Director: Duncan Jones
Writer: Charles Leavitt, Duncan Jones
Based on: World of Warcraft
Cast: Travis Fimmel, Paula Patton, Ben Foster, Dominic Cooper, Toby Kebbell, Ben Schnetzer, Robert Kazinsky, Clancy Brown, Daniel Wu, Ruth Negga, Anna Galvin, Callum Keith Rennie
Seen on: 1.6.2016
The orc world is being killed by evil fel magic, that slowly drains the life force of the entire planet. That’s why the warlock Gul’dan (Daniel Wu) creates a portal to the human world of Azeroth: he and his army plan to take over Azeroth for themselves. Among his generals is Durotan (Toby Kebbell) and his mate Draka (Anna Galvin) who risks the journey despite being pregnant; and as a translator they have the slave Garona (Paula Patton) who has the gift of languages. Meanwhile the humans of Azeroth are unsuspecting of the threat to their world. Only Khadgar (Ben Schnetzer) who used to study to become a mage notices the signs of fel magic use and warns King Llane Wrynn (Dominic Cooper). The King sends Khadgar and his own brother Anduin Lothar (Travis Fimmel) to find the mage and protector of the realm Medivh (Ben Foster) to ask for his help.
Warcraft really didn’t get much good buzz before its release, so I did not expect much of it, I have to admit (although I was hopeful due to Duncan Jones). But to my surprise I actually quite liked it, although it does suffer from the fact that it really is only one big piece of set-up and not a finished story.
I’m not a WoW player, though I have been meaning to maybe give it a try at some point (although I suspect it’s not so much my thing). Just so you know that I can’t possibly know whether Warcraft is a good adaptation of the game at all or fits with the narratives established there. But of course I am aware that there has gone a lot of narrative work into the set-up thanks to the long experience of the computer game. That explains why Warcraft often feels like a recap chapter at the beginning of the fifth book of a series: they start pretty much at zero and until everyone is caught up and ready to go, the film is over – which is a pity because I would have liked more conclusion to the story.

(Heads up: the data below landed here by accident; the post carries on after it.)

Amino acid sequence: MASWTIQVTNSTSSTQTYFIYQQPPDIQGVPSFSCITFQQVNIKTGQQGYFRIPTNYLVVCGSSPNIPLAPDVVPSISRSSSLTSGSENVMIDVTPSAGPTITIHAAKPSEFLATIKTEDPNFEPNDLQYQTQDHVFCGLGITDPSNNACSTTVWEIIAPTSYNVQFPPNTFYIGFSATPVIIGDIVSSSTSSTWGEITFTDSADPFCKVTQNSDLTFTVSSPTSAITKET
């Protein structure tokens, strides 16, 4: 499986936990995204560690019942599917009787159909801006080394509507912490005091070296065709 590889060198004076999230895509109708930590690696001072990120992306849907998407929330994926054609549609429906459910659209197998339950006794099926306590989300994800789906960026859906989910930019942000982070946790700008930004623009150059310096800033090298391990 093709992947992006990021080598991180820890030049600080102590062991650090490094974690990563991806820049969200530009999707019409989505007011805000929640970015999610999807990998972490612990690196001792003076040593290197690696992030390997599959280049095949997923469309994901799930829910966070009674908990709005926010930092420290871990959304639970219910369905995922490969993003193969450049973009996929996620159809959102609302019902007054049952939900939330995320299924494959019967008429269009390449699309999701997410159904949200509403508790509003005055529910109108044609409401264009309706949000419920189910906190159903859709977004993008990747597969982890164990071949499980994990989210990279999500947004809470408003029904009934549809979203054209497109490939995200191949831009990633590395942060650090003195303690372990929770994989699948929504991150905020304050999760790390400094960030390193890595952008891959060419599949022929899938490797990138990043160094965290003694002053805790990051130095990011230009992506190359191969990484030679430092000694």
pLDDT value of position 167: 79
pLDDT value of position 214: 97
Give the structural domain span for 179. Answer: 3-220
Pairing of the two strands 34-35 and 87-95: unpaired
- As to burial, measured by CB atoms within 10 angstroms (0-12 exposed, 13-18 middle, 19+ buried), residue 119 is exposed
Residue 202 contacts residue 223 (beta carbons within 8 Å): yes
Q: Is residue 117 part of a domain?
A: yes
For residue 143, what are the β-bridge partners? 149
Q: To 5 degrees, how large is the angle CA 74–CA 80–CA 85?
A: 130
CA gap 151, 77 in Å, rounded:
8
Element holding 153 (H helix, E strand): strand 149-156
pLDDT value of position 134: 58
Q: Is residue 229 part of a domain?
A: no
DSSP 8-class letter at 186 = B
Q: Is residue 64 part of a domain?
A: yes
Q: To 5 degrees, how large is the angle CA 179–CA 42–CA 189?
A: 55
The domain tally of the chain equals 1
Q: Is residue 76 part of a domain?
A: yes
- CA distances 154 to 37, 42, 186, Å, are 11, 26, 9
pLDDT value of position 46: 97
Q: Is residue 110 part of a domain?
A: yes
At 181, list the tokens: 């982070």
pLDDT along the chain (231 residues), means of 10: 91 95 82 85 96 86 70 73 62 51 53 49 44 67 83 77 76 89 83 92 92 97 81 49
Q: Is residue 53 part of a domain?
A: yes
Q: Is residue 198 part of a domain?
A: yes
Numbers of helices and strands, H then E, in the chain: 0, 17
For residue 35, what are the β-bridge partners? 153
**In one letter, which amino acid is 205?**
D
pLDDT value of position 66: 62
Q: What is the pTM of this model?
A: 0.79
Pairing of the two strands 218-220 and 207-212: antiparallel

The thing is, though, I was completely engrossed into the film, so that I hadn’t actually notice how much time had passed and when the open ending came, I really wasn’t ready for it, both from a narrative point of view (because it wasn’t much of an ending and more of a beginning) and simply from an enjoyment point of view – I just didn’t want it to be over yet and wouldn’t have minded to stay in this world a little longer.
Warcraft isn’t perfect. Some things were a little hamfisted or tropey and some characterizations came in very broad strokes. But the thing is – they took care to give all the major players (and there are quite a few) their characterization and understandable and clear motivations. This should be a rather basic requirement for all films, but sadly scripts often fall short there. In the worst moments, Warcraft tries really hard and more often than not, they succeed nicely, giving the very nice cast a lot of stuff to work with. As usual, I have to compliment Ben Foster in particular, whose Medivh could have easily gone all the way to ham, but somehow retains an honest emotional core.
Some things could and should be better than in this one like that they should include some people of color who aren’t painted green or CGIed into oblivion (okay, this one had Ruth Negga and that’s always a good thing) and more female characters in more central roles. But there was enough to this film that I do hope that they will make a sequel to this, actually do better and finish the story.